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May 1979

Breast Cancer and Treatment With Neuroleptics-Reply

Author Affiliations

Department of Psychiatry University of Texas Medical Branch Galveston, TX 77550

Arch Gen Psychiatry. 1979;36(5):605. doi:10.1001/archpsyc.1979.01780050115018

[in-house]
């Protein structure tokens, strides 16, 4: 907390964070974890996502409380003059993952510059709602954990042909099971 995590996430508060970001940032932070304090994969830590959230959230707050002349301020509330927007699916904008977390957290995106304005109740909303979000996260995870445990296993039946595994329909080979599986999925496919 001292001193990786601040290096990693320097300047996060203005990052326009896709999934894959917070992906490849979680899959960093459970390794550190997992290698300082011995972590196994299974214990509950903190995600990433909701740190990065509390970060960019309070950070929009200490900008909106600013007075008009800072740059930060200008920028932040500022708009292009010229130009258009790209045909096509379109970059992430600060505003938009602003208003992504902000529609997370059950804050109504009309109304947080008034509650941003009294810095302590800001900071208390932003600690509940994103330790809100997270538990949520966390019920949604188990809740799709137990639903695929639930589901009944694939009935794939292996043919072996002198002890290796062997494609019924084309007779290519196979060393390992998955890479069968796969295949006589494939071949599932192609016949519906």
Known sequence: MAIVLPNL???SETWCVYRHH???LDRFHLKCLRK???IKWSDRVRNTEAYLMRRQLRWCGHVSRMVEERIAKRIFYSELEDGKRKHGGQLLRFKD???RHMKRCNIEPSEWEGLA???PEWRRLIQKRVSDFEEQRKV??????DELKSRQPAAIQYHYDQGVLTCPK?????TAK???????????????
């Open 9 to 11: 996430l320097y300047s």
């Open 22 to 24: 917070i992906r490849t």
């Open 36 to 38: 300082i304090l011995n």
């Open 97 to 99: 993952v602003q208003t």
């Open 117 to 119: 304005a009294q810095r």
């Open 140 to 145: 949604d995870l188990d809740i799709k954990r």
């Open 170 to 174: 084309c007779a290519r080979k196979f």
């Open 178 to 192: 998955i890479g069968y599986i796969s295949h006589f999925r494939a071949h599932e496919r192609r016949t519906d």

In Reply—  The comments by Thompson and Weissman seem fair enough. Real data are difficult to come by and data concerning the possible etiologic effects of neuroleptic drugs on human breast cancer are scarce indeed. Although recognizing the importance of statistical tests, it seemed to me to be clinically relevant to report that, of some 3,278 women who were treated for schizophrenia in the University of Texas Medical Branch (Galveston) hospitals over a 15-year period, only six returned during the last decade of that period for diagnosis and/or treatment of breast cancer. The ratio of prior diagnosis of schizophrenia to all prior psychiatric diagnoses among women who were treated for breast cancer was almost identical to the ratio of schizophrenia to all psychiatric diagnoses in the general psychiatric population of the hospital during the period studied. Thus, patients who were previously treated for schizophrenia were not overly represented relative to other

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